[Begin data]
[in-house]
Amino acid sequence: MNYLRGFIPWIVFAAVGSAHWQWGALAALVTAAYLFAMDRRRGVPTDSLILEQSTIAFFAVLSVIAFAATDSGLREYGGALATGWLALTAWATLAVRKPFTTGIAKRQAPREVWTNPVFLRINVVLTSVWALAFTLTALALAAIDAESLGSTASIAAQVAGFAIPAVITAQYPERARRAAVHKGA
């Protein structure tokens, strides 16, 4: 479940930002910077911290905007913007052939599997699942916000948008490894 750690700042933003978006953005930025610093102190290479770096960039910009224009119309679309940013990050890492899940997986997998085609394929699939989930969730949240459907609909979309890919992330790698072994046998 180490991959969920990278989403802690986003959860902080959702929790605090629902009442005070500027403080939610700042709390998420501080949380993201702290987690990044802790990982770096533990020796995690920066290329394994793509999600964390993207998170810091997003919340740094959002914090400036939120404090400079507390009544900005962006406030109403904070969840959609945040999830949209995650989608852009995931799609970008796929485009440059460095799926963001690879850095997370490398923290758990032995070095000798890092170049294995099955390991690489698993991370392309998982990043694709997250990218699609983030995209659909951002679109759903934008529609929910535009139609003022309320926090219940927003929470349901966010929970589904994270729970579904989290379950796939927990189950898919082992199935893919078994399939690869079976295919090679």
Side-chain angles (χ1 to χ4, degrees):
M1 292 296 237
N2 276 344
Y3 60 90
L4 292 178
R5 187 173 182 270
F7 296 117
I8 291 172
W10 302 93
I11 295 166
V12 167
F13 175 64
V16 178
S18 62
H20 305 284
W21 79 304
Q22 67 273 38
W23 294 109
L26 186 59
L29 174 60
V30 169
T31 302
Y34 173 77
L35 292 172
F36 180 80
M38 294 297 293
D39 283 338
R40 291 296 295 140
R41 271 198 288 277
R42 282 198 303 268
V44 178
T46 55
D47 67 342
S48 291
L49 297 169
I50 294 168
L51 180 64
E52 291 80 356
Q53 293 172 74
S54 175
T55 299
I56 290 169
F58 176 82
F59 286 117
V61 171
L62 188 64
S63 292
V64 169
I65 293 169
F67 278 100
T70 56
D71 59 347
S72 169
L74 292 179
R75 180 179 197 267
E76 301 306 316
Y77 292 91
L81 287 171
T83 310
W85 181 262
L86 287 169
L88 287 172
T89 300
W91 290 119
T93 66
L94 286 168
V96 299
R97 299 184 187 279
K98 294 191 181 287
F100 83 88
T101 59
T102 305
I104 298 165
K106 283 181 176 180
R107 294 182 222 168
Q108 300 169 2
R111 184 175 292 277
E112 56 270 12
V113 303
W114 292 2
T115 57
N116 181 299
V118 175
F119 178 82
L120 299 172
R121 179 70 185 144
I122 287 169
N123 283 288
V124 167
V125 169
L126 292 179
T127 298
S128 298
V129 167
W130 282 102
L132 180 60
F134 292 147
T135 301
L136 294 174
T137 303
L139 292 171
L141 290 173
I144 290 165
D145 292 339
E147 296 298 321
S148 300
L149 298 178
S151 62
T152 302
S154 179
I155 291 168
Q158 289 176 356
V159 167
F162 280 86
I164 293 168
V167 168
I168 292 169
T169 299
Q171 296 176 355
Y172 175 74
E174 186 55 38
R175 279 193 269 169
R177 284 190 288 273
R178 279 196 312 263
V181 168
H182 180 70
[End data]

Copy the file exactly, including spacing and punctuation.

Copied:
[in-house]
Amino acid sequence: MNYLRGFIPWIVFAAVGSAHWQWGALAALVTAAYLFAMDRRRGVPTDSLILEQSTIAFFAVLSVIAFAATDSGLREYGGALATGWLALTAWATLAVRKPFTTGIAKRQAPREVWTNPVFLRINVVLTSVWALAFTLTALALAAIDAESLGSTASIAAQVAGFAIPAVITAQYPERARRAAVHKGA
């Protein structure tokens, strides 16, 4: 479940930002910077911290905007913007052939599997699942916000948008490894 750690700042933003978006953005930025610093102190290479770096960039910009224009119309679309940013990050890492899940997986997998085609394929699939989930969730949240459907609909979309890919992330790698072994046998 180490991959969920990278989403802690986003959860902080959702929790605090629902009442005070500027403080939610700042709390998420501080949380993201702290987690990044802790990982770096533990020796995690920066290329394994793509999600964390993207998170810091997003919340740094959002914090400036939120404090400079507390009544900005962006406030109403904070969840959609945040999830949209995650989608852009995931799609970008796929485009440059460095799926963001690879850095997370490398923290758990032995070095000798890092170049294995099955390991690489698993991370392309998982990043694709997250990218699609983030995209659909951002679109759903934008529609929910535009139609003022309320926090219940927003929470349901966010929970589904994270729970579904989290379950796939927990189950898919082992199935893919078994399939690869079976295919090679």
Side-chain angles (χ1 to χ4, degrees):
M1 292 296 237
N2 276 344
Y3 60 90
L4 292 178
R5 187 173 182 270
F7 296 117
I8 291 172
W10 302 93
I11 295 166
V12 167
F13 175 64
V16 178
S18 62
H20 305 284
W21 79 304
Q22 67 273 38
W23 294 109
L26 186 59
L29 174 60
V30 169
T31 302
Y34 173 77
L35 292 172
F36 180 80
M38 294 297 293
D39 283 338
R40 291 296 295 140
R41 271 198 288 277
R42 282 198 303 268
V44 178
T46 55
D47 67 342
S48 291
L49 297 169
I50 294 168
L51 180 64
E52 291 80 356
Q53 293 172 74
S54 175
T55 299
I56 290 169
F58 176 82
F59 286 117
V61 171
L62 188 64
S63 292
V64 169
I65 293 169
F67 278 100
T70 56
D71 59 347
S72 169
L74 292 179
R75 180 179 197 267
E76 301 306 316
Y77 292 91
L81 287 171
T83 310
W85 181 262
L86 287 169
L88 287 172
T89 300
W91 290 119
T93 66
L94 286 168
V96 299
R97 299 184 187 279
K98 294 191 181 287
F100 83 88
T101 59
T102 305
I104 298 165
K106 283 181 176 180
R107 294 182 222 168
Q108 300 169 2
R111 184 175 292 277
E112 56 270 12
V113 303
W114 292 2
T115 57
N116 181 299
V118 175
F119 178 82
L120 299 172
R121 179 70 185 144
I122 287 169
N123 283 288
V124 167
V125 169
L126 292 179
T127 298
S128 298
V129 167
W130 282 102
L132 180 60
F134 292 147
T135 301
L136 294 174
T137 303
L139 292 171
L141 290 173
I144 290 165
D145 292 339
E147 296 298 321
S148 300
L149 298 178
S151 62
T152 302
S154 179
I155 291 168
Q158 289 176 356
V159 167
F162 280 86
I164 293 168
V167 168
I168 292 169
T169 299
Q171 296 176 355
Y172 175 74
E174 186 55 38
R175 279 193 269 169
R177 284 190 288 273
R178 279 196 312 263
V181 168
H182 180 70